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Visibility vs Scope

 
 
goodbadwolf
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      03-24-2008
Is there any difference between the term "visibility" and "scope" of a
variable. Read http://www.eskimo.com/~scs/cclass/notes/sx4b.html
article. According to my understanding it says the two terms are
equivalent. Am I right?
 
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Victor Bazarov
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      03-24-2008
goodbadwolf wrote:
> Is there any difference between the term "visibility" and "scope" of a
> variable. Read http://www.eskimo.com/~scs/cclass/notes/sx4b.html
> article. According to my understanding it says the two terms are
> equivalent. Am I right?


From the language (English) point of view, 'scope' is the _area_ from
which the variable is visible, and 'visibility' is the _ability_ of
the variable to be referred to by its name from a particular location.
Considering that, 'scope' != 'visibility', but they are related.

V
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notobel
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      03-24-2008
On 24 Mrz., 17:52, "Victor Bazarov" <(E-Mail Removed)> wrote:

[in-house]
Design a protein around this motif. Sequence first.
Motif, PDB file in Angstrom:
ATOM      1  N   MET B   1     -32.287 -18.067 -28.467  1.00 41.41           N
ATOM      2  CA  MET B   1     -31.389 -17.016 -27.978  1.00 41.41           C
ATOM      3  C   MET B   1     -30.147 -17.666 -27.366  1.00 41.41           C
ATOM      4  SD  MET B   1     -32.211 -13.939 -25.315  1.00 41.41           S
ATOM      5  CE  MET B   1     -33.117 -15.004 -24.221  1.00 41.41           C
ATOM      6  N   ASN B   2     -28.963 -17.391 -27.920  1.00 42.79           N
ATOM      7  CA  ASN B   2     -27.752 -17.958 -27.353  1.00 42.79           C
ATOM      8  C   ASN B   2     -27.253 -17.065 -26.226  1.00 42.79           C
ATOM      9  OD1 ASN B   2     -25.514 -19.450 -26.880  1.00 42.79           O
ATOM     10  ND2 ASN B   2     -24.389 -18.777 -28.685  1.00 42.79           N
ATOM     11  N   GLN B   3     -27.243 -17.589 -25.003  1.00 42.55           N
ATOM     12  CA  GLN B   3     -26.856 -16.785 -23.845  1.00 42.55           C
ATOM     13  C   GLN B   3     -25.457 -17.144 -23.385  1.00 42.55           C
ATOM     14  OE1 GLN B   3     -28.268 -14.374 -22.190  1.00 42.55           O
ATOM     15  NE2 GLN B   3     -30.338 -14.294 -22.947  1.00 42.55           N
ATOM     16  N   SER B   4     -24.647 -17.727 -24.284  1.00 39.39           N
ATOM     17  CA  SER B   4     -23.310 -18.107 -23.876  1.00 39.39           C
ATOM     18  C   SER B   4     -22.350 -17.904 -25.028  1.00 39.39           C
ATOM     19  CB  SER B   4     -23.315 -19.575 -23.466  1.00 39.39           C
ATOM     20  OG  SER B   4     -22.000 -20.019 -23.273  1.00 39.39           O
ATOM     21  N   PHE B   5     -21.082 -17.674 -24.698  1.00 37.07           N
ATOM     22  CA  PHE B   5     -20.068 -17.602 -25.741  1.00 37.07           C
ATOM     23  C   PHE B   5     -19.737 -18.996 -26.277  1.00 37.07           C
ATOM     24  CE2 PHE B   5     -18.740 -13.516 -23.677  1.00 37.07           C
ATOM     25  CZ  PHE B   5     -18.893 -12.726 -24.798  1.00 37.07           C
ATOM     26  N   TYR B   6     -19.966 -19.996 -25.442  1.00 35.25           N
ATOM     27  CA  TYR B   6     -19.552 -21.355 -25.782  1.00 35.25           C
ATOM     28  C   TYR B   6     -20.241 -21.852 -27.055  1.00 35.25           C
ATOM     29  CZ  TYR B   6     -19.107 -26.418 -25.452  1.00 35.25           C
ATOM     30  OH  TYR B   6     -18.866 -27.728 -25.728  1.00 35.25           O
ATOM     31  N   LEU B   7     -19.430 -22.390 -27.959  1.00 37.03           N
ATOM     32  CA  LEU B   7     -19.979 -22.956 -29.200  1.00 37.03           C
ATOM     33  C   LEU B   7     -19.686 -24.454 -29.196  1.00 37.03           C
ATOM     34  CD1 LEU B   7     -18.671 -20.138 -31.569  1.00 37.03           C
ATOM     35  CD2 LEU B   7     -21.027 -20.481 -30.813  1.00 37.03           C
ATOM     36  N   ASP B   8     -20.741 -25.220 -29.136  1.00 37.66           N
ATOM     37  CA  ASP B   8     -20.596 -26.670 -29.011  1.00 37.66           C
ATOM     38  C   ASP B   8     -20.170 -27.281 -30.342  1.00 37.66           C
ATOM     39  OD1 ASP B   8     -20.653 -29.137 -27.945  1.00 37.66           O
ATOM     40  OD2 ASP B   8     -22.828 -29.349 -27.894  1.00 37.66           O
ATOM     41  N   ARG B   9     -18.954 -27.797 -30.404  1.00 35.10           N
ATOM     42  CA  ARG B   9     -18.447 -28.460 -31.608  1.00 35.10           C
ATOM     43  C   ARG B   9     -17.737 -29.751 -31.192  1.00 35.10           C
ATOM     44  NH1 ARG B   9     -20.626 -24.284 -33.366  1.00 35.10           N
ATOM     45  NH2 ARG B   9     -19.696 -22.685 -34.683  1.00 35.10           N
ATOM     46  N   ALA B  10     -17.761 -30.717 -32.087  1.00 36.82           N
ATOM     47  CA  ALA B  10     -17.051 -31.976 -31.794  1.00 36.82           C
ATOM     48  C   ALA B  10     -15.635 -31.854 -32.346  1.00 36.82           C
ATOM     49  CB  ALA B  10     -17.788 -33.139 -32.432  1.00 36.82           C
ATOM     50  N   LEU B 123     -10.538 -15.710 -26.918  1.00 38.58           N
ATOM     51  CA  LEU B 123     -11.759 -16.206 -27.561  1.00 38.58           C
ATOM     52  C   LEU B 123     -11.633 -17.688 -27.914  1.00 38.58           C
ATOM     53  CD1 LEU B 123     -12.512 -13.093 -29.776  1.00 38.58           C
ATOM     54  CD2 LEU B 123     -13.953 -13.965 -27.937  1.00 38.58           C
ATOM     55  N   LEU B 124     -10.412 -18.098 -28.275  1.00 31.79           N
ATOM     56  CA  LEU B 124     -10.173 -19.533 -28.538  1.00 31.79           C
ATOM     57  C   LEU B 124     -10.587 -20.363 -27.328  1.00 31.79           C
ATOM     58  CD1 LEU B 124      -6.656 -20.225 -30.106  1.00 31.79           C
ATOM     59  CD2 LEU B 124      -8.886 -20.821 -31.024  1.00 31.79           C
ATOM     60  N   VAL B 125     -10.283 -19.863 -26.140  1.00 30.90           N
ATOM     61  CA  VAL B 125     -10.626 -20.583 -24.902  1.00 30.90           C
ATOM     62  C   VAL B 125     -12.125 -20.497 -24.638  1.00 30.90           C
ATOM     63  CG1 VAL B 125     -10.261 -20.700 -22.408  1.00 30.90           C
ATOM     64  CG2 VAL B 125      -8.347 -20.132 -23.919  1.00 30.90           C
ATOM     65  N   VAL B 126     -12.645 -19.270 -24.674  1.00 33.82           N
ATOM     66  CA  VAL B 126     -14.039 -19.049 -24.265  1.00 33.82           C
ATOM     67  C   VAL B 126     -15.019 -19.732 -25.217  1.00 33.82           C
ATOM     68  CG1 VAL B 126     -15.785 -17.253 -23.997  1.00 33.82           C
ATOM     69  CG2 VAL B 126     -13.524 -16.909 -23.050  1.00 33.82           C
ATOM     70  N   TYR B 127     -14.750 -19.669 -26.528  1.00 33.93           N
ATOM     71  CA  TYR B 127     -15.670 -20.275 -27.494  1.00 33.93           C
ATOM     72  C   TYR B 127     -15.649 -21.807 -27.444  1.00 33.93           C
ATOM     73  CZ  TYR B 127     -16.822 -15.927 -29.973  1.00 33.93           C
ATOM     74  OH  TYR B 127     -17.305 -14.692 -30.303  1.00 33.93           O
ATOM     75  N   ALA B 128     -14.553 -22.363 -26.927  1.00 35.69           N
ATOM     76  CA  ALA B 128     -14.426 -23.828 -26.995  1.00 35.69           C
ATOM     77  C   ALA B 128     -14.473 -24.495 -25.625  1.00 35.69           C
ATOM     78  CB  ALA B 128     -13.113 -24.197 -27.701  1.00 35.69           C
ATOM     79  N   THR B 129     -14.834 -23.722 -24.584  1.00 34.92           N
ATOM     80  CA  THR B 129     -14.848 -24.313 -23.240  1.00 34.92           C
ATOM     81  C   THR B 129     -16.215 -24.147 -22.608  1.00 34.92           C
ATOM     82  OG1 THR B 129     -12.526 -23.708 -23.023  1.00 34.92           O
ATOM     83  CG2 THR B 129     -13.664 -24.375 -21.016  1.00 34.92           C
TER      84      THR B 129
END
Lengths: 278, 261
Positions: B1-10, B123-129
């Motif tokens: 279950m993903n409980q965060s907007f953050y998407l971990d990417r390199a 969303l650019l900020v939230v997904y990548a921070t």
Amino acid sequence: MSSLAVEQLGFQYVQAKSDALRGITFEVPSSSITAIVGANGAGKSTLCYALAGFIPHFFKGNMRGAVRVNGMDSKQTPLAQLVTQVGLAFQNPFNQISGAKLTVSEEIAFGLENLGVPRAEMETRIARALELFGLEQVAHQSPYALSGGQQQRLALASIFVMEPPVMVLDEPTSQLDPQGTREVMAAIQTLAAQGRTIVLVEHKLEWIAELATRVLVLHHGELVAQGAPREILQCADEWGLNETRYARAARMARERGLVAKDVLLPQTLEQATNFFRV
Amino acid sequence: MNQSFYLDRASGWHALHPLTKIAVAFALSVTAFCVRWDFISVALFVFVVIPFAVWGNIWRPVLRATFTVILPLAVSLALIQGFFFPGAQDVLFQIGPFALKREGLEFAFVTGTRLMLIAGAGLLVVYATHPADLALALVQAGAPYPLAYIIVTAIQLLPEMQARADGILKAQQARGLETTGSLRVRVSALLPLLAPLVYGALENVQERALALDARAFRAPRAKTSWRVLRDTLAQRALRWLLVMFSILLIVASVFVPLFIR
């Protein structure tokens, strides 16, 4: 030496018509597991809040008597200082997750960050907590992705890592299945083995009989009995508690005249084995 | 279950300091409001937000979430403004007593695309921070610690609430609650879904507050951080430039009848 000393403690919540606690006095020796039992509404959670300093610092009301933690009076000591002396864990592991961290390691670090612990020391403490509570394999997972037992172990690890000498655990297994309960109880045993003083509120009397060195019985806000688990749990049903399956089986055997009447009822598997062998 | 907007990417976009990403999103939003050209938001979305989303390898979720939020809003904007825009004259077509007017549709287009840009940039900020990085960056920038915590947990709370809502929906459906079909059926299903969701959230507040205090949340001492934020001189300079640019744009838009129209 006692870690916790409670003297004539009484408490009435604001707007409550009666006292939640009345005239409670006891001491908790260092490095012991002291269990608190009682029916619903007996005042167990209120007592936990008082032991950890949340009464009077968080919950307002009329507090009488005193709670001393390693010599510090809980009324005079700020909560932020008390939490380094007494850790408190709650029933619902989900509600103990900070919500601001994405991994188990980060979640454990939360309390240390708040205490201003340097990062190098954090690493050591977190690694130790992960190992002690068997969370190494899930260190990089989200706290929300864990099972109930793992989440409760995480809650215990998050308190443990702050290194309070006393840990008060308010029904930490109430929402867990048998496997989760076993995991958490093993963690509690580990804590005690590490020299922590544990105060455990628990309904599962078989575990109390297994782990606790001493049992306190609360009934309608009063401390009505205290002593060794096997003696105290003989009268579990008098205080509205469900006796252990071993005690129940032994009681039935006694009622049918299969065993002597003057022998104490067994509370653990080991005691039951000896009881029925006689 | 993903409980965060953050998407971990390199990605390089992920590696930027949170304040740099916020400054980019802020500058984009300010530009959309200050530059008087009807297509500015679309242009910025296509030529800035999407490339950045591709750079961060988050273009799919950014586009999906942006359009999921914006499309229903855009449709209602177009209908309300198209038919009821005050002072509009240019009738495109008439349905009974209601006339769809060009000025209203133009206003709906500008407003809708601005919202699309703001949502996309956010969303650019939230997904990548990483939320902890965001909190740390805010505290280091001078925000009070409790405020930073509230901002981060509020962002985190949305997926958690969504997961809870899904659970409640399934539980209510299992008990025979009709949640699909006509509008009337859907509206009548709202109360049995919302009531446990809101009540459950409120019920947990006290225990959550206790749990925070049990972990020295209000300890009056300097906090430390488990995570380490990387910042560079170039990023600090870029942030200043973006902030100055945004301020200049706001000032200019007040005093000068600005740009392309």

> goodbadwolf wrote:
> > Is there any difference between the term "visibility" and "scope" of a
> > variable. Readhttp://www.eskimo.com/~scs/cclass/notes/sx4b.html
> > article. According to my understanding it says the two terms are
> > equivalent. Am I right?

>
> From the language (English) point of view, 'scope' is the _area_ from
> which the variable is visible, and 'visibility' is the _ability_ of
> the variable to be referred to by its name from a particular location.
> Considering that, 'scope' != 'visibility', but they are related.
>
> V
> --
> Please remove capital 'A's when replying by e-mail
> I do not respond to top-posted replies, please don't ask


I'm not too familiar with English language, so have a question. If a
name for a variable is declared in a block the scope of the name is
from the point of declaration until the end of the block. If the block
has a nested block, and if a variable with the same name is declared
in it, it hides the outer entity until the end of the inner block. How
would you define scope and visibility in this case? Still the same?

Franz
 
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Andrey Tarasevich
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      03-24-2008
notobel wrote:
> ...
> I'm not too familiar with English language, so have a question. If a
> name for a variable is declared in a block the scope of the name is
> from the point of declaration until the end of the block.


That's not exactly correct. What you describe is called "potential
scope", not just "scope".

> If the block
> has a nested block, and if a variable with the same name is declared
> in it, it hides the outer entity until the end of the inner block. How
> would you define scope and visibility in this case? Still the same?


The difference between the "scope" and "potential scope" is that "scope"
equals "potential scope" minus the regions where the identifier is
hidden. Which is exactly what you seem to mean by "visibility".

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Andrey Tarasevich